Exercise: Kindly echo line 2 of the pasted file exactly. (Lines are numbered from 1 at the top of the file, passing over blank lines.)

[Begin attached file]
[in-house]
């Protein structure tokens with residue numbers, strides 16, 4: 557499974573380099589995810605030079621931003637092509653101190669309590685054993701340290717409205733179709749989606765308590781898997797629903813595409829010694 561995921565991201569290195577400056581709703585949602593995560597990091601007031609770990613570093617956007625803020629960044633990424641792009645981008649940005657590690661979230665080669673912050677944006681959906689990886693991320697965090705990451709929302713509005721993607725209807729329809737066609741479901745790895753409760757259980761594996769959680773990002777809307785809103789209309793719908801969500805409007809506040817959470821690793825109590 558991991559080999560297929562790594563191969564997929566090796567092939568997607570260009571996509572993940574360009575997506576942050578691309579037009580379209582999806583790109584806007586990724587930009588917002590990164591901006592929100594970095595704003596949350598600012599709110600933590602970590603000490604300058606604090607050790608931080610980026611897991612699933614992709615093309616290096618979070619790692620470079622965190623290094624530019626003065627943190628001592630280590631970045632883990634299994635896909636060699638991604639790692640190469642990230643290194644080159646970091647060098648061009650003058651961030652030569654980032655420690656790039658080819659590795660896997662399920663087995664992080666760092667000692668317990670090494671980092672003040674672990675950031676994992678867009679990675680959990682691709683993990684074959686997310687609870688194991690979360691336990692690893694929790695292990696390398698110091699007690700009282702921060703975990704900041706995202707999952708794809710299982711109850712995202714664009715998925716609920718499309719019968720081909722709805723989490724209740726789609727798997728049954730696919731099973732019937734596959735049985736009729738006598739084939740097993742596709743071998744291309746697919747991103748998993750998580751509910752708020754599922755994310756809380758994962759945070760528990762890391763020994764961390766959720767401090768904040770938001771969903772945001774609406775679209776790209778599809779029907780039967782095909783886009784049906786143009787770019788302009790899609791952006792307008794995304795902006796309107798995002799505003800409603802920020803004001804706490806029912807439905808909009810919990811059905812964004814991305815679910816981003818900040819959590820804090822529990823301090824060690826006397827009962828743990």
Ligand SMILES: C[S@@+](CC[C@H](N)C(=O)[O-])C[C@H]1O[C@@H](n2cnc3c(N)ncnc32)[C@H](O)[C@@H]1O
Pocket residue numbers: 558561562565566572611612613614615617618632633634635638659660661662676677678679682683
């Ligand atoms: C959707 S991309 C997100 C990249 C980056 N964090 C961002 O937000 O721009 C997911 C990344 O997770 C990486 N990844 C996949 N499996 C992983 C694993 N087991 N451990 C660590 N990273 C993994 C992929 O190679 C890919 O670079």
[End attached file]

């Protein structure tokens with residue numbers, strides 16, 4: 557499974573380099589995810605030079621931003637092509653101190669309590685054993701340290717409205733179709749989606765308590781898997797629903813595409829010694 561995921565991201569290195577400056581709703585949602593995560597990091601007031609770990613570093617956007625803020629960044633990424641792009645981008649940005657590690661979230665080669673912050677944006681959906689990886693991320697965090705990451709929302713509005721993607725209807729329809737066609741479901745790895753409760757259980761594996769959680773990002777809307785809103789209309793719908801969500805409007809506040817959470821690793825109590 558991991559080999560297929562790594563191969564997929566090796567092939568997607570260009571996509572993940574360009575997506576942050578691309579037009580379209582999806583790109584806007586990724587930009588917002590990164591901006592929100594970095595704003596949350598600012599709110600933590602970590603000490604300058606604090607050790608931080610980026611897991612699933614992709615093309616290096618979070619790692620470079622965190623290094624530019626003065627943190628001592630280590631970045632883990634299994635896909636060699638991604639790692640190469642990230643290194644080159646970091647060098648061009650003058651961030652030569654980032655420690656790039658080819659590795660896997662399920663087995664992080666760092667000692668317990670090494671980092672003040674672990675950031676994992678867009679990675680959990682691709683993990684074959686997310687609870688194991690979360691336990692690893694929790695292990696390398698110091699007690700009282702921060703975990704900041706995202707999952708794809710299982711109850712995202714664009715998925716609920718499309719019968720081909722709805723989490724209740726789609727798997728049954730696919731099973732019937734596959735049985736009729738006598739084939740097993742596709743071998744291309746697919747991103748998993750998580751509910752708020754599922755994310756809380758994962759945070760528990762890391763020994764961390766959720767401090768904040770938001771969903772945001774609406775679209776790209778599809779029907780039967782095909783886009784049906786143009787770019788302009790899609791952006792307008794995304795902006796309107798995002799505003800409603802920020803004001804706490806029912807439905808909009810919990811059905812964004814991305815679910816981003818900040819959590820804090822529990823301090824060690826006397827009962828743990």